DART: the Royal Observatory of Belgium participates in a NASA planetary defence mission
Brussels, 22 November 2021 – On November 24, 2021, at around 7:20 local Belgian time, NASA’s DART spacecraft will take off from the Vandenberg Space Force base in California (USA) as part of a planetary defence mission against asteroids. The Royal Observatory of Belgium is involved in this mission. The DART data will be used, among other things, to prepare the future ESA Hera mission, in which the Observatory participates with its GRASS gravimeter.
The DART mission, which stands for Double Asteroid Redirection Test, aims to see whether sending a spacecraft to crash on the surface of an asteroid can deflect it sufficiently so that it no longer poses a threat to the Earth. Less than a year after its launch, between September 26 and October 1, 2022, DART will approach a binary asteroid system consisting of Didymos, a 780 m diameter asteroid, and Dimorphos, which is 160 m long and so larger than a football stadium.
DART will collide with the Dimorphos asteroid at a speed of 24,000 km/h, or 6.6 km per second. This collision will change the orbital period of Dimorphos around Didymos, which will be measured from Earth. Thanks to this measurement, scientists will be able to obtain information on the best way to deflect an asteroid from its trajectory.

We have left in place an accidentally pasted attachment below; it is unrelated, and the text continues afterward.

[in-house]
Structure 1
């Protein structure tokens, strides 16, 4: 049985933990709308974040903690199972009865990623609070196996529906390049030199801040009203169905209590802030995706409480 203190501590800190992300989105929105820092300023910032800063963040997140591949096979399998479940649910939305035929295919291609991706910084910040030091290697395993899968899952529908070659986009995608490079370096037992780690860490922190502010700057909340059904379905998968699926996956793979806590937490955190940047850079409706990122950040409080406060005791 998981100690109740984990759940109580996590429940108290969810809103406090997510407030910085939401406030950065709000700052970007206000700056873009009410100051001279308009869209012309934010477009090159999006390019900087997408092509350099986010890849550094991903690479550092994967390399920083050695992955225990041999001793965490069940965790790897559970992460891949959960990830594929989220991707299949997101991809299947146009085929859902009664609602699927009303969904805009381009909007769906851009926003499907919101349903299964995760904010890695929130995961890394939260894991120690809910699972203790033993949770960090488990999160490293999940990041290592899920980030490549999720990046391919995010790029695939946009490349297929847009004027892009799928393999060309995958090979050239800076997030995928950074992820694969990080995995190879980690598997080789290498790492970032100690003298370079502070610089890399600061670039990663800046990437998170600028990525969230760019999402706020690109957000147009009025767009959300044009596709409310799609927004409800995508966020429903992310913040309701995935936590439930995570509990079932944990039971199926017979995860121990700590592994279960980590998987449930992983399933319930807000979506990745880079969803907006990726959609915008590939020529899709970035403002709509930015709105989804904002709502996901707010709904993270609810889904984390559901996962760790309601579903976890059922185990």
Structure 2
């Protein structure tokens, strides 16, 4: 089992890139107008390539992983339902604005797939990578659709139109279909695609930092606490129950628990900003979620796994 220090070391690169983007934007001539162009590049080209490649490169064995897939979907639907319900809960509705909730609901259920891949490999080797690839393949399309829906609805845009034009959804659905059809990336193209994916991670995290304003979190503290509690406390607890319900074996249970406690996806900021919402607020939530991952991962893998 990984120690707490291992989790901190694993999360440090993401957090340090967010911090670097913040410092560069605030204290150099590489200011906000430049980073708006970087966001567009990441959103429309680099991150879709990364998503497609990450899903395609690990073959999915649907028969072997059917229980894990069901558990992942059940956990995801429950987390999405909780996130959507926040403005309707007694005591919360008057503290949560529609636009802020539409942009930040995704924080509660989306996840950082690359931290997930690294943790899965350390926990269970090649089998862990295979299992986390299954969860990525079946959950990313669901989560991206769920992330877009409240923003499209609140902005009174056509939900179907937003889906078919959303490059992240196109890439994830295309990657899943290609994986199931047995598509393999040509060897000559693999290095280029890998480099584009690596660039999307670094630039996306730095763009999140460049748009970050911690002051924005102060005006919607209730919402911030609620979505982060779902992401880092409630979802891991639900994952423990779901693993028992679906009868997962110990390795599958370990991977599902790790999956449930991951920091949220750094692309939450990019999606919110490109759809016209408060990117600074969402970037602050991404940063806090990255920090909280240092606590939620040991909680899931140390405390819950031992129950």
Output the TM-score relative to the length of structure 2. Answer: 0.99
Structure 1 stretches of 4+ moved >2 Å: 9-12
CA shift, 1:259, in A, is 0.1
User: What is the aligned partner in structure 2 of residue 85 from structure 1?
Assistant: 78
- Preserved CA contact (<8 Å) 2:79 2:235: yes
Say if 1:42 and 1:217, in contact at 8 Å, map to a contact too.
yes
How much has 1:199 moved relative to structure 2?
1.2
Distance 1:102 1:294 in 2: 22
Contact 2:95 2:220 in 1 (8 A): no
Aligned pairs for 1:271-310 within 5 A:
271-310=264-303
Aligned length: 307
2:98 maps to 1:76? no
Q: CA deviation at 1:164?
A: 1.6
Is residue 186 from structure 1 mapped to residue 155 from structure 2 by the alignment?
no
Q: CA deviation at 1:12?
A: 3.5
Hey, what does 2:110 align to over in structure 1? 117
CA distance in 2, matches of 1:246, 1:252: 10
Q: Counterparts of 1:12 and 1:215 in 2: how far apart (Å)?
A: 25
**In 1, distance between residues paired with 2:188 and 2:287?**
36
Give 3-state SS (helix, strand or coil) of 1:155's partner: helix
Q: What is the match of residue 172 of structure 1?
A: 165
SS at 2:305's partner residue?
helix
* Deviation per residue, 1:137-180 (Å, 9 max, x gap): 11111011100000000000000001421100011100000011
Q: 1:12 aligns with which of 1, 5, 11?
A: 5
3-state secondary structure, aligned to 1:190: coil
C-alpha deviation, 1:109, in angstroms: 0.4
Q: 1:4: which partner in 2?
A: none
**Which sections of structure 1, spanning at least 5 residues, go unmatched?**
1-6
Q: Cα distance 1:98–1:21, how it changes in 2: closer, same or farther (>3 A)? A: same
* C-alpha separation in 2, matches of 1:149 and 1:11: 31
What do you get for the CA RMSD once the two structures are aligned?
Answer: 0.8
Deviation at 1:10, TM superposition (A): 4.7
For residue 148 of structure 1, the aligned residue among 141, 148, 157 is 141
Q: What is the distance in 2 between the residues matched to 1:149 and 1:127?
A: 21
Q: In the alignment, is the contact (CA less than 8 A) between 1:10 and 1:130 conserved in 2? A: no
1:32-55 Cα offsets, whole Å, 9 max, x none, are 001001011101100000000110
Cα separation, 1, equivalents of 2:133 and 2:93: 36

Özgür Karatekin and his team from the Royal Observatory of Belgium are involved in the DART mission as part of the international Asteroid Impact and Deflection Assessment (AIDA) collaboration. NASA and ESA, with its Hera mission scheduled for launch in 2024, are part of the AIDA collaboration.
Scientists from the Observatory will participate in the processing of DART data. Analysing the data from this mission will allow them to better understand the internal structure of asteroids, in the framework of the European projects PIONEERS (Planetary Instruments based on Optical technologies for an iNnovative European Exploration using Rotational Seismology) and NEO-MAPP (Near-Earth Object Modelling and Payloads for Protection) to which the Observatory contributes. The experience with DART will also help to better prepare the next mission, Hera, which will carry the GRASS gravimeter, developed by the Observatory with its Spanish industrial partner EMXYS.
The research of the Royal Observatory of Belgium related to this mission is funded by the Belgian Federal Science Policy (Belspo) with support from the ESA PRODEX programme. The PIONEERS and NEO-MAPP programmes have received funding from the European Union’s Horizon 2020 research and innovation programme.
Press kit of the DART mission: https://dart.jhuapl.edu/Press-Kit/index.php
Website of the PIONEERS project: https://h2020-pioneers.eu/
Website of the NEO-MAPP project: https://neomapp.eu/
Email: ozgur.karatekin AT oma.be
Email: guillaume.noiset AT oma.be